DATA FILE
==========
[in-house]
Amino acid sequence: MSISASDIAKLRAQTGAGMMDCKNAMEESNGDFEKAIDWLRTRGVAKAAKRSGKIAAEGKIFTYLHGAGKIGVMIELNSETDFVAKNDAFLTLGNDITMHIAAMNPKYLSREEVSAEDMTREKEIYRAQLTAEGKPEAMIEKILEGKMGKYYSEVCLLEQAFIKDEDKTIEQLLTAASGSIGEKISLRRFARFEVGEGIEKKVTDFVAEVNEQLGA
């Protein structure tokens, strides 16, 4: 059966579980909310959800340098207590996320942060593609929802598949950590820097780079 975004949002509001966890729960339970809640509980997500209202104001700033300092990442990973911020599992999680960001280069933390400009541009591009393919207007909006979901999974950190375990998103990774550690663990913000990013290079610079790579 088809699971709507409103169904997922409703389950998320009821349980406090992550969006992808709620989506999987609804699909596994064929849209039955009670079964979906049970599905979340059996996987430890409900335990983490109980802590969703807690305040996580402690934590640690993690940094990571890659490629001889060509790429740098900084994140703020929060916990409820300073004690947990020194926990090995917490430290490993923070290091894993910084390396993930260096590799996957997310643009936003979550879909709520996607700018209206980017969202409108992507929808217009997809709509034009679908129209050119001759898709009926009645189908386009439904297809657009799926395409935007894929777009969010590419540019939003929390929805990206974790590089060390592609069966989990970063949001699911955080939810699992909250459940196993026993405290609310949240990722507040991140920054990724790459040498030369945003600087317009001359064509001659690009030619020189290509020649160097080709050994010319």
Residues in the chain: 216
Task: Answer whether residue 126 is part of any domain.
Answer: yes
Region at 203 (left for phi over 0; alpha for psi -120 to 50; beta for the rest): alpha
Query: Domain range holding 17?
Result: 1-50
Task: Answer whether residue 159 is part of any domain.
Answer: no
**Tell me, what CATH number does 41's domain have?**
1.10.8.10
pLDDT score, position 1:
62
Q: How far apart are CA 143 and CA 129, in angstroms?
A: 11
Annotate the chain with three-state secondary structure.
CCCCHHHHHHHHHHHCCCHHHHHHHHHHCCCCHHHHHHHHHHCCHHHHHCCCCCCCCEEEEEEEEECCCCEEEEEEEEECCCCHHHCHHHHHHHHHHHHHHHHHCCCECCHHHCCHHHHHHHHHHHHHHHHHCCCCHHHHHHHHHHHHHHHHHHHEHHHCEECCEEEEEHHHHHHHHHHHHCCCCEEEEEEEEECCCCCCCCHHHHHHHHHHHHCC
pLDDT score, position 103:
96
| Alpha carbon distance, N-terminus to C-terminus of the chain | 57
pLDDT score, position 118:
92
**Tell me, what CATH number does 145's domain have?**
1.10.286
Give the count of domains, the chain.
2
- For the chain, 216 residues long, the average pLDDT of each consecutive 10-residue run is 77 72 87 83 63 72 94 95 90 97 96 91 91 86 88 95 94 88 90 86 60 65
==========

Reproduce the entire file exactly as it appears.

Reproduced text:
[in-house]
Amino acid sequence: MSISASDIAKLRAQTGAGMMDCKNAMEESNGDFEKAIDWLRTRGVAKAAKRSGKIAAEGKIFTYLHGAGKIGVMIELNSETDFVAKNDAFLTLGNDITMHIAAMNPKYLSREEVSAEDMTREKEIYRAQLTAEGKPEAMIEKILEGKMGKYYSEVCLLEQAFIKDEDKTIEQLLTAASGSIGEKISLRRFARFEVGEGIEKKVTDFVAEVNEQLGA
């Protein structure tokens, strides 16, 4: 059966579980909310959800340098207590996320942060593609929802598949950590820097780079 975004949002509001966890729960339970809640509980997500209202104001700033300092990442990973911020599992999680960001280069933390400009541009591009393919207007909006979901999974950190375990998103990774550690663990913000990013290079610079790579 088809699971709507409103169904997922409703389950998320009821349980406090992550969006992808709620989506999987609804699909596994064929849209039955009670079964979906049970599905979340059996996987430890409900335990983490109980802590969703807690305040996580402690934590640690993690940094990571890659490629001889060509790429740098900084994140703020929060916990409820300073004690947990020194926990090995917490430290490993923070290091894993910084390396993930260096590799996957997310643009936003979550879909709520996607700018209206980017969202409108992507929808217009997809709509034009679908129209050119001759898709009926009645189908386009439904297809657009799926395409935007894929777009969010590419540019939003929390929805990206974790590089060390592609069966989990970063949001699911955080939810699992909250459940196993026993405290609310949240990722507040991140920054990724790459040498030369945003600087317009001359064509001659690009030619020189290509020649160097080709050994010319």
Residues in the chain: 216
Task: Answer whether residue 126 is part of any domain.
Answer: yes
Region at 203 (left for phi over 0; alpha for psi -120 to 50; beta for the rest): alpha
Query: Domain range holding 17?
Result: 1-50
Task: Answer whether residue 159 is part of any domain.
Answer: no
**Tell me, what CATH number does 41's domain have?**
1.10.8.10
pLDDT score, position 1:
62
Q: How far apart are CA 143 and CA 129, in angstroms?
A: 11
Annotate the chain with three-state secondary structure.
CCCCHHHHHHHHHHHCCCHHHHHHHHHHCCCCHHHHHHHHHHCCHHHHHCCCCCCCCEEEEEEEEECCCCEEEEEEEEECCCCHHHCHHHHHHHHHHHHHHHHHCCCECCHHHCCHHHHHHHHHHHHHHHHHCCCCHHHHHHHHHHHHHHHHHHHEHHHCEECCEEEEEHHHHHHHHHHHHCCCCEEEEEEEEECCCCCCCCHHHHHHHHHHHHCC
pLDDT score, position 103:
96
| Alpha carbon distance, N-terminus to C-terminus of the chain | 57
pLDDT score, position 118:
92
**Tell me, what CATH number does 145's domain have?**
1.10.286
Give the count of domains, the chain.
2
- For the chain, 216 residues long, the average pLDDT of each consecutive 10-residue run is 77 72 87 83 63 72 94 95 90 97 96 91 91 86 88 95 94 88 90 86 60 65